No other room in the house can be more perfect for a minimalist style than the bathroom. The space where everything, from shampoo bottles and clumps of hair to stains in the toilet, piles up fast. If you want to experience the simple, neat aesthetic oasis minimalism offers, here are the elements you should be considering:
Minimalism thrives on simplicity — a principle that should be reflected on your colour palette. Go for neutrals when painting your walls and stick to the traditional white fixtures. To avoid making the space look flat with neutrals, vary the shades you’ll use.
Interior designers in Auckland add that it’s important to introduce different textures to the space. For instance, for the floors, you can have whitewashed vinyl to off that warm wooden feel underfoot, and then for the walls, you can feature stone. A faux fur rug can also add soft texture to the space.
This is the hallmark of minimalist design. No toothpaste tubes slumped at the sink, no clothes hanged everywhere. If you have too much stuff, throw out those you don’t need. And then invest in high-quality cabinets to keep the stuff left from your sorting and avoid visual clutter.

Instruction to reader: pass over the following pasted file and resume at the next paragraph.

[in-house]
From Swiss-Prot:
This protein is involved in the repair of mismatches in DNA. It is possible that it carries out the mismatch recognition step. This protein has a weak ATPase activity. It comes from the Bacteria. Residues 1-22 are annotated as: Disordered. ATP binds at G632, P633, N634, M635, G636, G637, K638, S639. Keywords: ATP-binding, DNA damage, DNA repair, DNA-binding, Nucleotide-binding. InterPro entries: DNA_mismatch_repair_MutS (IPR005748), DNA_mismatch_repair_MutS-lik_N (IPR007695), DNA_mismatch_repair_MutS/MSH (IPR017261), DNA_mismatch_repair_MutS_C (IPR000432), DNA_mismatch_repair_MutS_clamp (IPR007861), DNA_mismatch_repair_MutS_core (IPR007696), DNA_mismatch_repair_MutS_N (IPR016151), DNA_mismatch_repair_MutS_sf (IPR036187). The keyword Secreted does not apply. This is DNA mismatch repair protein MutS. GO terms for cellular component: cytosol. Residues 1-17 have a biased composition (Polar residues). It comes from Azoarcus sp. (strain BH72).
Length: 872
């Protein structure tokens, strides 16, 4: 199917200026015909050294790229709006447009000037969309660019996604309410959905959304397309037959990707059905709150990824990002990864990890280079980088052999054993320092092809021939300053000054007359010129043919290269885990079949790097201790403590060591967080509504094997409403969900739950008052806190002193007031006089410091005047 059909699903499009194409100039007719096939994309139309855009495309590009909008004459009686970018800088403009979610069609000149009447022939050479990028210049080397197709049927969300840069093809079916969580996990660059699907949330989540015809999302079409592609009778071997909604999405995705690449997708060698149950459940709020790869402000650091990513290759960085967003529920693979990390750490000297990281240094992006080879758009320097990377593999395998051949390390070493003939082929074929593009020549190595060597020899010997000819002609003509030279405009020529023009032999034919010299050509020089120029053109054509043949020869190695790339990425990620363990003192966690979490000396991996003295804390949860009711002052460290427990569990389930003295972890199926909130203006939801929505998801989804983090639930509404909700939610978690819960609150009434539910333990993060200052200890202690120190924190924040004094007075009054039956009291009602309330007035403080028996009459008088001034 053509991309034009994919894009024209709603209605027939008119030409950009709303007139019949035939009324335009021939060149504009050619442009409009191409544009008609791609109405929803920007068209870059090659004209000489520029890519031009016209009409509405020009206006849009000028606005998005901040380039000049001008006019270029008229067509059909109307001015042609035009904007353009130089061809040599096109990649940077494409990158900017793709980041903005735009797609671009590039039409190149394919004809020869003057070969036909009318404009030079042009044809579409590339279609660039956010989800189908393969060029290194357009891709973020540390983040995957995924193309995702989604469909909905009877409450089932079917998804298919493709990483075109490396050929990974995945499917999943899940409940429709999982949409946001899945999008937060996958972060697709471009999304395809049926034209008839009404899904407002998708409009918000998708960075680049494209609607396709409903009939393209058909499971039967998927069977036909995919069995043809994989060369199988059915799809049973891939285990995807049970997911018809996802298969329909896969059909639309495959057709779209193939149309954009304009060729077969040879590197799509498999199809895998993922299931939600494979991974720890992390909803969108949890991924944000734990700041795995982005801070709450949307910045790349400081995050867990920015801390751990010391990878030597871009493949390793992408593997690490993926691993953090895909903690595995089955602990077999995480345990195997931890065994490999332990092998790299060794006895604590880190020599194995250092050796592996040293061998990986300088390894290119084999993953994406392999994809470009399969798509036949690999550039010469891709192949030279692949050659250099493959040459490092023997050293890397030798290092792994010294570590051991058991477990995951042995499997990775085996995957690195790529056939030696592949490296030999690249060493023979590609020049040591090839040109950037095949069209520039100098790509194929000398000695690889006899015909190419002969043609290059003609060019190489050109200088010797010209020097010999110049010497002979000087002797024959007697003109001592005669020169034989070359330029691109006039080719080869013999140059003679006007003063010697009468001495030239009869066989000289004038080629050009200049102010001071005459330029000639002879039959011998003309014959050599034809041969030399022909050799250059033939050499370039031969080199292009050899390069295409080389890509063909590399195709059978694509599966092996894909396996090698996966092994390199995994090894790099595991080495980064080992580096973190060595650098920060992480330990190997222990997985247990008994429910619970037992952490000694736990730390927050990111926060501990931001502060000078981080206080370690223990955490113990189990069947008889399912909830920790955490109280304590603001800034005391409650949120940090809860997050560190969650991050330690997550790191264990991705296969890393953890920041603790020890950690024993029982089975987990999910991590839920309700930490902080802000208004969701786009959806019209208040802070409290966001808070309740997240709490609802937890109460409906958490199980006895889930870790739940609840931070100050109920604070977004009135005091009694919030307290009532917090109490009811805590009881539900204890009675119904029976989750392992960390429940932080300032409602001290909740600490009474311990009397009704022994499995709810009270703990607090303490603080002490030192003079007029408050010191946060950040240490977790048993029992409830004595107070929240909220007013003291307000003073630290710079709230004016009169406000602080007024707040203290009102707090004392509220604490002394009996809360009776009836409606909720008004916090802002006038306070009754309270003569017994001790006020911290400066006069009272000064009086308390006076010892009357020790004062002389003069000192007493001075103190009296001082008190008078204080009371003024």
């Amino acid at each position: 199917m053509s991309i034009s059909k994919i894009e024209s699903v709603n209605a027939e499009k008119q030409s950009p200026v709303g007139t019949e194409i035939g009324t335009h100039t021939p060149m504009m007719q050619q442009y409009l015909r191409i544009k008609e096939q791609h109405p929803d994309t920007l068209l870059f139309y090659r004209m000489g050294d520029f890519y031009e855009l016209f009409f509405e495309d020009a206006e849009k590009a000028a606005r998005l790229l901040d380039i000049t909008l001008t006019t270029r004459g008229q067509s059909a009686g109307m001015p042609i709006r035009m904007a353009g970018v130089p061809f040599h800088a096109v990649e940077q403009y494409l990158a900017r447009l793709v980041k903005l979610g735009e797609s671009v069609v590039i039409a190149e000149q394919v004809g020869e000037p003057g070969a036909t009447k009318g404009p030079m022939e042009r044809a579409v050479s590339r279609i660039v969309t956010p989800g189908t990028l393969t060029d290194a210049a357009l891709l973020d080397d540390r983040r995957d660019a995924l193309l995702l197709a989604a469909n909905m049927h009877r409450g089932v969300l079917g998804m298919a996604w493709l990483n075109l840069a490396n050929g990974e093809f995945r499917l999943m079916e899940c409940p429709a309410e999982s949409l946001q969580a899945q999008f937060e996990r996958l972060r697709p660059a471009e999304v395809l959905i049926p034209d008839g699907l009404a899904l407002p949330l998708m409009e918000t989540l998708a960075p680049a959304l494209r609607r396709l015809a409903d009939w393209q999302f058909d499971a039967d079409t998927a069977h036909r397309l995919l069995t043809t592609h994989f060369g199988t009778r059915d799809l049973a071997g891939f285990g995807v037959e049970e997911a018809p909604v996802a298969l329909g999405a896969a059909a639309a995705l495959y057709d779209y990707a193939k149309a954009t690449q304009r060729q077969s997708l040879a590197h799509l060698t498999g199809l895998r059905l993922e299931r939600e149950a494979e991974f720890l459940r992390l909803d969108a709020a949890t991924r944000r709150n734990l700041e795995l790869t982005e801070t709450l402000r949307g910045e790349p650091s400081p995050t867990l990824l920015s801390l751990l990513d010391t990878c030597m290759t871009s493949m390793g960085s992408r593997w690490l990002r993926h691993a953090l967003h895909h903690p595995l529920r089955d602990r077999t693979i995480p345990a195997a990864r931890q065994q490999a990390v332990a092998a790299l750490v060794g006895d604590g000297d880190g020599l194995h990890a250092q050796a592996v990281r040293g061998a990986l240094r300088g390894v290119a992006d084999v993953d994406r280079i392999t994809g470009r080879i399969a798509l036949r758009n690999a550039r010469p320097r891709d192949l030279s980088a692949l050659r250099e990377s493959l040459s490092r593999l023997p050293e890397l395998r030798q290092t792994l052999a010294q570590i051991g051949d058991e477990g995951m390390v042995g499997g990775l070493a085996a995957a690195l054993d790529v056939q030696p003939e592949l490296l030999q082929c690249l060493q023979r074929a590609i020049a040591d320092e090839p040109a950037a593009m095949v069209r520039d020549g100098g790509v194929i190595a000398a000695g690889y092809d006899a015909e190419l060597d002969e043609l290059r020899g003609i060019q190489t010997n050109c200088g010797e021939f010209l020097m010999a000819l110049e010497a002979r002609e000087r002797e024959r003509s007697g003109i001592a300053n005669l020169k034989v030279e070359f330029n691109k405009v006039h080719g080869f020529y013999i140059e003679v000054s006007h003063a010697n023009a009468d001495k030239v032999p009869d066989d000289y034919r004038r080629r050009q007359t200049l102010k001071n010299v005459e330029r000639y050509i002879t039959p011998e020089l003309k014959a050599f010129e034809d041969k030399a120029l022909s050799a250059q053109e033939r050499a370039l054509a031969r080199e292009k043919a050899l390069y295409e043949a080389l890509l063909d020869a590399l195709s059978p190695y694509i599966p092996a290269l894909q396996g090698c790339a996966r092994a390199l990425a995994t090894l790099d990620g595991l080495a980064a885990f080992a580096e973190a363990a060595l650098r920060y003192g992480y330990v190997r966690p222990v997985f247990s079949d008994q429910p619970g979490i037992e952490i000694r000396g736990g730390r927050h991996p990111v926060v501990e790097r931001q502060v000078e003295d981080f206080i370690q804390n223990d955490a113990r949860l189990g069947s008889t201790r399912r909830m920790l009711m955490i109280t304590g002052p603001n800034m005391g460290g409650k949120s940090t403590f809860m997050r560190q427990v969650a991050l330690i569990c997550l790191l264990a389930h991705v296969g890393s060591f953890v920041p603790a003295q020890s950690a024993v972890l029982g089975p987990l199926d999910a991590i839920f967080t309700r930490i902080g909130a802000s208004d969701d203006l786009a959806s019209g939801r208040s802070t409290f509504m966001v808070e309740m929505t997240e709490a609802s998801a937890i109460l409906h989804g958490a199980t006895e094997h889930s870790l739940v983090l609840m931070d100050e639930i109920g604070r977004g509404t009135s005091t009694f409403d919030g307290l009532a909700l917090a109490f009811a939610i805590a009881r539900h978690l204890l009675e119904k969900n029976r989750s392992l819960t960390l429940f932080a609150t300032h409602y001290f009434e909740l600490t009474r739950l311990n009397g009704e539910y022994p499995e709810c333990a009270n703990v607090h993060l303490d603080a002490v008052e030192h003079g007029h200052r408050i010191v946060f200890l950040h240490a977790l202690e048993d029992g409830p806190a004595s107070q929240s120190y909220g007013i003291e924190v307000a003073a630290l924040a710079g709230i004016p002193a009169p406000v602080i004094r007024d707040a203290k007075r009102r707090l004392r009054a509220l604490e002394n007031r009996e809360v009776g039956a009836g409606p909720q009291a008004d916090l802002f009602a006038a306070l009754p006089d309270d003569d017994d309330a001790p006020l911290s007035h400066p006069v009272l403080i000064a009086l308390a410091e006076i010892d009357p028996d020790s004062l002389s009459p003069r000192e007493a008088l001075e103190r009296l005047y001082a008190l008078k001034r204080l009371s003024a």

But take note, visual clutter may also be in your fixtures that have too many details, like that bold-coloured shower curtain. Swap these for simpler designs, like frameless showers from unitedglass.co.nz; Auckland interior designers often recommend this because of their cleaner look, at the same time, their ease of maintenance. Because this is glass, you’ll less likely worry about mould growth — and therefore less clutter.
Minimalist designs are known for their use of negative space. Negative space simply refers to that empty area, where there are no fixtures, no furniture, no art piece. Nothing. You may be thinking how you can make space for negative space when you have cabinets to install and plants to a station. Well, the concept of minimalism is all about stripping everything down to its essential quantity.
What you only need is what goes into the space. And that would mean being wiser in terms of choosing furniture and fixtures. Each should have a clear purpose. When it has none, then it’s filtered out. This is essentially what makes minimalist designs clutter-free.
Less is more in modern interior design. People are already embracing minimalism in their bathrooms. Would you, also?